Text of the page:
r += sw.ElapsedTicks;

            Assert.Fail((r / cycles).ToString());

        public List<T> GetItems1<T>(List<T> source, int offset, int count)

        public List<T> GetItems2<T>(List<T> source, int offset, int count)

        private List<int> GetTestData()
            List<int> ret = new List<int>();

            for (int i = 0; i < 5000000; i++)

            return ret;

Redmine, awesome_nested_set, Issue.rebuild!, lock_version and ActiveRecord::StaleObjectError

Today I got a task to restructure about 400 issues in our Redmine instance. I should create a hierarchy and reparent existing issues under new ones. All the issues have a lot of related ones. But when I tried to modify parent issue field I got “Parent task is invalid” message after saving. I found pages about this problem and the only solution: remove relations, reparent the issue and recreate relations… 400 issues with a lot of relations… No.

I was updating the database instead: set the issues.parent_id to the appropriate new value. Naturally after that two things went wrong: some aggregated values e.g. estimated_hours and the hierarchy view, because of awesome_nested_set gem was used which stores hierarchy speedup values in rgt and lft fields of that table. First of all I fired out these fields in database (11840 was my main root issue):

UPDATE issues 
WHERE parent_id=11840

Than the following command needs to run in redmine root dir:

RAILS_ENV=production ruby script/rails runner Issue.rebuild!

After a long run, error occured:

ActiveRecord::StaleObjectError: ActiveRecord::StaleObjectError
from /var/lib/gems/1.8/gems/activerecord-3.2.19/lib/active_record/locking/optimistic.rb:90:in `update'
from /var/lib/gems/1.8/gems/activerecord-3.2.19/lib/active_record/attribute_methods/dirty.rb:74:in `update'
from /var/lib/gems/1.8/gems/activerecord-3.2.19/lib/active_record/timestamp.rb:71:in `update'
from /var/lib/gems/1.8/gems/activerecord-3.2.19/lib/active_record/callbacks.rb:272:in `update'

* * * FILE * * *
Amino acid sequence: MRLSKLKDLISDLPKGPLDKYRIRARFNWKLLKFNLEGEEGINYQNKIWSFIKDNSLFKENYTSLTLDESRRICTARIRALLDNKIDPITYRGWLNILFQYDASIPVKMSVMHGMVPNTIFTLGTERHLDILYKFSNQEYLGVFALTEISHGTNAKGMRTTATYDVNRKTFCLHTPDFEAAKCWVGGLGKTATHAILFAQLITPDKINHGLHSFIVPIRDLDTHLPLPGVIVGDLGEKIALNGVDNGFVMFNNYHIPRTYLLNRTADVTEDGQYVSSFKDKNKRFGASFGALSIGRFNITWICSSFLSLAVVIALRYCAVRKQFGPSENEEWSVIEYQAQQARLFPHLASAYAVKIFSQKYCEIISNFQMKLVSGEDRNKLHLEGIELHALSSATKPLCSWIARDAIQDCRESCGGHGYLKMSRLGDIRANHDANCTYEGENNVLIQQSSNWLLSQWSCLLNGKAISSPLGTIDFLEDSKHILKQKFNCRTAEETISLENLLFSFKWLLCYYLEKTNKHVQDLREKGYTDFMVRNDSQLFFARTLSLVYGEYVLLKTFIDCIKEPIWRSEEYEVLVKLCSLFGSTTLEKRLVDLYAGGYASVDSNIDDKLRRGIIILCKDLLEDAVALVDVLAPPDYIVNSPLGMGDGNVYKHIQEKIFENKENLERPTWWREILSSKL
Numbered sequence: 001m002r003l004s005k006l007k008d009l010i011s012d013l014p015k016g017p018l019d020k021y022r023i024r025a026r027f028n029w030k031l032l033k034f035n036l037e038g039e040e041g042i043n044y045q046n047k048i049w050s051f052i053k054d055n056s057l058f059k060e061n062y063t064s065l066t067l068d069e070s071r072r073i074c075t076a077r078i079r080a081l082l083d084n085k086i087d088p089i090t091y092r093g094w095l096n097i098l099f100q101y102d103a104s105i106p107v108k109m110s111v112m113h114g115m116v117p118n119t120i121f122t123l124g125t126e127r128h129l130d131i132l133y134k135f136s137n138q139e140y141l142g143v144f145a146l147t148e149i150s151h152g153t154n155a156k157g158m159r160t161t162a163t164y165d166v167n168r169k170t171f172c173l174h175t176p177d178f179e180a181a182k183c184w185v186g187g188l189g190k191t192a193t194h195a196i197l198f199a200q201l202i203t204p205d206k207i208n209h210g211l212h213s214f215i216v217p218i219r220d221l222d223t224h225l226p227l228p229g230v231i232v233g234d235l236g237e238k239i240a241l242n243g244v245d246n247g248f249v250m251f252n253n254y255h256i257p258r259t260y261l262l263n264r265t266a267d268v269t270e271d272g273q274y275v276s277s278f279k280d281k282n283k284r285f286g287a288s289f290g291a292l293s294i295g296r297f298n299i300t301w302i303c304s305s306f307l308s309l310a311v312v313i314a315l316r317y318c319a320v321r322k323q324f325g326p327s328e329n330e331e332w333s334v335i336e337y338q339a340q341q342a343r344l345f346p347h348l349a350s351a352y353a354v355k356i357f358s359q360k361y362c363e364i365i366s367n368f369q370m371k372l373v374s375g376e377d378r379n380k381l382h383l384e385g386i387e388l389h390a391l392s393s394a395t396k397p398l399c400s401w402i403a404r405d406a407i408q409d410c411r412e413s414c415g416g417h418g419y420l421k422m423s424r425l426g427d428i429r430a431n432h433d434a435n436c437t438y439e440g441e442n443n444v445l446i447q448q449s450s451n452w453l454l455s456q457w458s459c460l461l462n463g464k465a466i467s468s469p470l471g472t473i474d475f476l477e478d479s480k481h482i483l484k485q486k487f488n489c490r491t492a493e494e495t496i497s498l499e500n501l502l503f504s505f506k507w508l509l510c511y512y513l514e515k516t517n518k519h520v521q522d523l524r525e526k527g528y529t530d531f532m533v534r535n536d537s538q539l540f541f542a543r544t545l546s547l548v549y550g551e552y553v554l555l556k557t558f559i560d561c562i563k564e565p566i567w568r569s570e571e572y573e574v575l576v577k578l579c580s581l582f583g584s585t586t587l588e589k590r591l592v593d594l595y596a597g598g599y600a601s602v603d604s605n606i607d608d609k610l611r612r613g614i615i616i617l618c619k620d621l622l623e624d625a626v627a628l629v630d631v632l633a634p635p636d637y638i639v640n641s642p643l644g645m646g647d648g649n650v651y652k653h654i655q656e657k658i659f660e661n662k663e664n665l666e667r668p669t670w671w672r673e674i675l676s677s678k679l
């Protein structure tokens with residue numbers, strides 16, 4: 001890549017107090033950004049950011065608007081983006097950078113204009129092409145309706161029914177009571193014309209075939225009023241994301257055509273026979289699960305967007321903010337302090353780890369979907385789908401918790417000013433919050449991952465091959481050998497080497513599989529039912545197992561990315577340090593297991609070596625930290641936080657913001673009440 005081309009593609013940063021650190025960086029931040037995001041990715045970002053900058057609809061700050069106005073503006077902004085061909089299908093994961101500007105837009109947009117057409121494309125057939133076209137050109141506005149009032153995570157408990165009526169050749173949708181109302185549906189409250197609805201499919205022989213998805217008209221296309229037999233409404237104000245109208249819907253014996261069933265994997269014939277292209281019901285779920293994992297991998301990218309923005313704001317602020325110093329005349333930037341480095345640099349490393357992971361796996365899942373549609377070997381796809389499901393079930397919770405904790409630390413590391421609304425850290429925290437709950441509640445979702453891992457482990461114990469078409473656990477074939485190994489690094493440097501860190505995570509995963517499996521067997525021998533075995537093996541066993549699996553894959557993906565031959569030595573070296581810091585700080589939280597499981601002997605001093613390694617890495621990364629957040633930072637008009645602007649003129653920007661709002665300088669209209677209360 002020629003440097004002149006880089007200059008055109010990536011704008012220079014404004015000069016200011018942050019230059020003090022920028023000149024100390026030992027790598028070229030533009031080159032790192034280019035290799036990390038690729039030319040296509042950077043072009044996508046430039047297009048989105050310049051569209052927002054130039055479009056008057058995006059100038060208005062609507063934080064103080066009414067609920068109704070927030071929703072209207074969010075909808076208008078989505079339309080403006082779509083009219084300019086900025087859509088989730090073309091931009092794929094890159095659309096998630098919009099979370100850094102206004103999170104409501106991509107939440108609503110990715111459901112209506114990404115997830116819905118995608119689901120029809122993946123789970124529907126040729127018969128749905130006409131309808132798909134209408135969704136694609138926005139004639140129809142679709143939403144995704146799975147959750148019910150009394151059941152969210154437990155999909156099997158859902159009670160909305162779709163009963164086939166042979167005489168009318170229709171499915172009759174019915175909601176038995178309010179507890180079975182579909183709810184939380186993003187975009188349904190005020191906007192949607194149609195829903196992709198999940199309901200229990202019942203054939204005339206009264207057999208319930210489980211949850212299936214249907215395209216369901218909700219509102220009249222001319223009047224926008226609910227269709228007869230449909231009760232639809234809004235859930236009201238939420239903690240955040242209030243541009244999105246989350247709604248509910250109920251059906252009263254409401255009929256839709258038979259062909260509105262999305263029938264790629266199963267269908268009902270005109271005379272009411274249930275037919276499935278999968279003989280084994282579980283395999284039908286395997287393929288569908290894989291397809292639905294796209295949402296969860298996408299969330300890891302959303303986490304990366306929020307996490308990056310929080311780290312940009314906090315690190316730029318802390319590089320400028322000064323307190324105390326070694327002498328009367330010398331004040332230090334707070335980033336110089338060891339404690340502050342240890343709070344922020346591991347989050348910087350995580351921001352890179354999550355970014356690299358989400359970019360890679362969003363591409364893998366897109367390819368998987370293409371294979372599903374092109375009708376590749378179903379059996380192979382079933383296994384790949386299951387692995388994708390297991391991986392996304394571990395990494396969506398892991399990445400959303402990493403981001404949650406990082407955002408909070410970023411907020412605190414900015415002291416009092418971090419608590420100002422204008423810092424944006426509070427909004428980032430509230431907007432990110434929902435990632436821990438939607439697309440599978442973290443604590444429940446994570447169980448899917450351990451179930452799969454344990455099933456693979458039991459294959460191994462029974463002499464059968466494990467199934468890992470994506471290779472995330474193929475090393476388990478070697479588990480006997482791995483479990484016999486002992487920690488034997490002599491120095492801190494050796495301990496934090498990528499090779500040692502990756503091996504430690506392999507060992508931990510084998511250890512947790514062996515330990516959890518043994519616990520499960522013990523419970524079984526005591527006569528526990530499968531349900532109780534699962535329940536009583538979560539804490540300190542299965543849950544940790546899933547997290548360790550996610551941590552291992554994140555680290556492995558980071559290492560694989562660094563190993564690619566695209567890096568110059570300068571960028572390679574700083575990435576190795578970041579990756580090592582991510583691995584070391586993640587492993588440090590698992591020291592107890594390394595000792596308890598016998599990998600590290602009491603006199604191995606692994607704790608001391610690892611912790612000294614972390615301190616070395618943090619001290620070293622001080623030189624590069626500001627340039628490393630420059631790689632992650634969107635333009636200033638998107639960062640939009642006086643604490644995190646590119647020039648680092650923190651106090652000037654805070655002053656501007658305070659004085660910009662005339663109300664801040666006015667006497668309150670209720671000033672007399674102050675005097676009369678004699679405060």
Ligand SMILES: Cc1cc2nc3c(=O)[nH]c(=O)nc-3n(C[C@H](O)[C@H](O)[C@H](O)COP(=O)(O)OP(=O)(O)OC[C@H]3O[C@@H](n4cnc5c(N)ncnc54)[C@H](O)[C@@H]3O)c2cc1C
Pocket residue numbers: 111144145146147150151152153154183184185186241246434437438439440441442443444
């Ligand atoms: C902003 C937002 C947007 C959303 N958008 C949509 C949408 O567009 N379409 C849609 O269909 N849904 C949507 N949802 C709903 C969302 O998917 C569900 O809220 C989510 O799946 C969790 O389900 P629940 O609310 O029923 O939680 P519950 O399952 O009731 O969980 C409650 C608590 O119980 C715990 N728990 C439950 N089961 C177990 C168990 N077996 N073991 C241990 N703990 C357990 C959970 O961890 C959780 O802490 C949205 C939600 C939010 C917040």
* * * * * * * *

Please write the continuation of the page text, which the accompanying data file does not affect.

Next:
from /var/lib/gems/1.8/gems/activesupport-3.2.19/lib/active_support/callbacks.rb:403:in `_run__1446014408__update__4__callbacks'
from /var/lib/gems/1.8/gems/activesupport-3.2.19/lib/active_support/callbacks.rb:405:in `send'
from /var/lib/gems/1.8/gems/activesupport-3.2.19/lib/active_support/callbacks.rb:405:in `__run_callback'
from /var/lib/gems/1.8/gems/activesupport-3.2.19/lib/active_support/callbacks.rb:385:in `_run_update_callbacks'
from /var/lib/gems/1.8/gems/activesupport-3.2.19/lib/active_support/callbacks.rb:81:in `send'
from /var/lib/gems/1.8/gems/activesupport-3.2.19/lib/active_support/callbacks.rb:81:in `run_callbacks'
from /var/lib/gems/1.8/gems/activerecord-3.2.19/lib/active_record/callbacks.rb:272:in `update'
from /var/lib/gems/1.8/gems/activerecord-3.2.19/lib/active_record/persistence.rb:348:in `create_or_update'
from /var/lib/gems/1.8/gems/activerecord-3.2.19/lib/active_record/callbacks.rb:264:in `create_or_update'
from /var/lib/gems/1.8/gems/activesupport-3.2.19/lib/active_support/callbacks.rb:590:in `_run__1446014408__save__4__callbacks'
from /var/lib/gems/1.8/gems/activesupport-3.2.19/lib/active_support/callbacks.rb:405:in `send'
from /var/lib/gems/1.8/gems/activesupport-3.2.19/lib/active_support/callbacks.rb:405:in `__run_callback'
... 18 levels...
from /var/lib/gems/1.8/gems/activerecord-3.2.19/lib/active_record/relation/delegation.rb:6:in `__send__'
from /var/lib/gems/1.8/gems/activerecord-3.2.19/lib/active_record/relation/delegation.rb:6:in `each'
from /var/lib/gems/1.8/gems/awesome_nested_set-2.1.6/lib/awesome_nested_set/awesome_nested_set.rb:203:in `rebuild!'
from /var/lib/gems/1.8/gems/awesome_nested_set-2.1.6/lib/awesome_nested_set/awesome_nested_set.rb:213:in `call'
from /var/lib/gems/1.8/gems/awesome_nested_set-2.1.6/lib/awesome_nested_set/awesome_nested_set.rb:213:in `rebuild!'
from /var/lib/gems/1.8/gems/activerecord-3.2.19/lib/active_record/relation/delegation.rb:6:in `each'
from /var/lib/gems/1.8/gems/activerecord-3.2.19/lib/active_record/relation/delegation.rb:6:in `__send__'